"Wealth is not a number of dollars. It is not a number of material possessions. It’s having options and the ability to take on risk.” - Charlie Lloyd.
Two years ago my life was spread across three continents; the debris of an ill fated union, and, 20 years spent in search of happiness through a materialistic lifestyle.
Most of my adult life I'd associated happiness with wealth: work hard, make money, build wealth, live a good life. A mindset rooted in my childhood. I can remember my parents telling me, "You don't want to be an archeologist, they don't make any money." Not bad advice, given I had probably been watching India Jones, but communicated the wrong way.
So, instead of becoming an underpaid archeologist, I bought into the wealth-creation game; building a successful group companies, setting up offshore wealth protection structures, accumulating cars and toys, investing in properties. The more successful I became, the more my social circle tended to upgrade itself, and that meant sacrificing more to stay in the game – fuelling a never ending need to “keep up with the Joneses".
I soon realized I wasn’t truly successful, I wasn’t truly satisfied, I wasn’t truly happy.
It took a divorce to jolt me out of the social success rut. To consciously decide that the next chapter in my life should be about simplicity, about freedom. I searched for ideas on how to live a more meaningful life and along the way I discovered two guys calling themselves, The Minimalists – one of them reminds me of an old school friend, while the other is the spitting image of Christopher Walken.
Having read about their journey from the trappings of a consumer culture to a more deliberate, minimalist lifestyle, I decided minimalism might be the tool I needed to help me find my own freedom.
I jumped in at the deep end – a tendency I have that often results in a long swim back to shore – embracing minimalism to strip away all the excess in my life.
Starting with the storage units, over a period of six months, I emptied each one. Opening them was like an episode of Storage Wars; a local pawn shop owner hacks off the lock, the door slides open, and; goldmine – furniture, washing machines, quad bikes, underwater propulsion devices – stuff I don’t even remember having.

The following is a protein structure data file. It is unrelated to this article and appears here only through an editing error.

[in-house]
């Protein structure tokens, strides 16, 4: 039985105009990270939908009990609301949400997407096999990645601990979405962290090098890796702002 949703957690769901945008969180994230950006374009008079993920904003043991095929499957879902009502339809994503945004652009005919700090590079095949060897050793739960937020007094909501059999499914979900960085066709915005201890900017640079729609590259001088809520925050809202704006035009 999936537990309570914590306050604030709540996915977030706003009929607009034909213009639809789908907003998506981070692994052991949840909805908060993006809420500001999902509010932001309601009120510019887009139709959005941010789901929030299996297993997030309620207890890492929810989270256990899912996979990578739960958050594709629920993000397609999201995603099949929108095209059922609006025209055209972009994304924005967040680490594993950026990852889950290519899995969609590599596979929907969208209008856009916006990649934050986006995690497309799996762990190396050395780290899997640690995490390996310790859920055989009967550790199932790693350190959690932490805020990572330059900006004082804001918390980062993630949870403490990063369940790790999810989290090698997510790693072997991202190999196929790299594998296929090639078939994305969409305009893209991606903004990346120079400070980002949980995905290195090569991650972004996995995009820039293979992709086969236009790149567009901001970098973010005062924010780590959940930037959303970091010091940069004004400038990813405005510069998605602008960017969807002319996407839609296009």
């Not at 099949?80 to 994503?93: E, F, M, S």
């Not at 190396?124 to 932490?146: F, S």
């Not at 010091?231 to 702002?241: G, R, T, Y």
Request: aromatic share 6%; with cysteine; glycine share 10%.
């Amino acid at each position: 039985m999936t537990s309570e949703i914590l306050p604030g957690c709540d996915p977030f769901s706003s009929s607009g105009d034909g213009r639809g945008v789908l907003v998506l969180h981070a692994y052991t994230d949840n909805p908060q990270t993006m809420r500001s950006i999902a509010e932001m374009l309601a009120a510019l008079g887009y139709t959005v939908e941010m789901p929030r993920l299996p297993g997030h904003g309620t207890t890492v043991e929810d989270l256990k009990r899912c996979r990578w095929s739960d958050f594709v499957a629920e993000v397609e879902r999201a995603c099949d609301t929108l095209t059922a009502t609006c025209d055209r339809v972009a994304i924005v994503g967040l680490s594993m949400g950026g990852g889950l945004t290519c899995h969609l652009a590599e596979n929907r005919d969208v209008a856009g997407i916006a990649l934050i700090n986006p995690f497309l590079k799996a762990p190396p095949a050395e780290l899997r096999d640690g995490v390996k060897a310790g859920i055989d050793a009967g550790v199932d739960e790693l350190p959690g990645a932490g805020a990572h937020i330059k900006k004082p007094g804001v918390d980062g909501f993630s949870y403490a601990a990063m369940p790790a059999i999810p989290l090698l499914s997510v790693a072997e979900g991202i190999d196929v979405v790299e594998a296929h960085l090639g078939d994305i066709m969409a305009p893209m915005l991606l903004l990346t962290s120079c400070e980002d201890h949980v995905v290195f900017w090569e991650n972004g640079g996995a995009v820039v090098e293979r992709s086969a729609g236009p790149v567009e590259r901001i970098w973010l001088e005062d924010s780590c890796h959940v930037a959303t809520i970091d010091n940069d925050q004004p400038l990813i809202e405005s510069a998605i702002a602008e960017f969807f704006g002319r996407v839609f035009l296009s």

I donated what I could, but most of it went to a local pawn store owner; loaded onto a truck, 20 years of accumulated material possessions exchanged for a fistful of cash. Although, letting go of those three units saved me $300 per month, $3,600 a year.
Next to go, the business interests. Extricating myself from these wasn’t been nearly as easy, let's just say I’ve learnt a lot about selling and handing companies over to other people. Regardless, over the past two years, I've whittled my professional life down to a small consultancy, happy spending my days helping entrepreneurs and business owners become successful.
Minimalism has also played an important role in the relationships I have with other people. After all, our thoughts, our ideas, our lives, are influenced by the people around us. Now, I avoid toxic relationships and focus on nurturing enduring friendships.
For me minimalism has never been about counting the number of possessions I own, or living a frugal lifestyle where I start cutting my own hair. It's about keeping the clutter away so that I can focus on a more meaningful life. In the 2 years since I adopted a minimalistic approach, these are the 10 things I love most it:
- Real freedom
- Less Stress
- Souvenirs are good memories
- Less luggage
- More time for self development
- Live in the moment
- Time to pursue my passions
- Focus on my health
- Rid myself of excess stuff
- Discover my purpose in our lives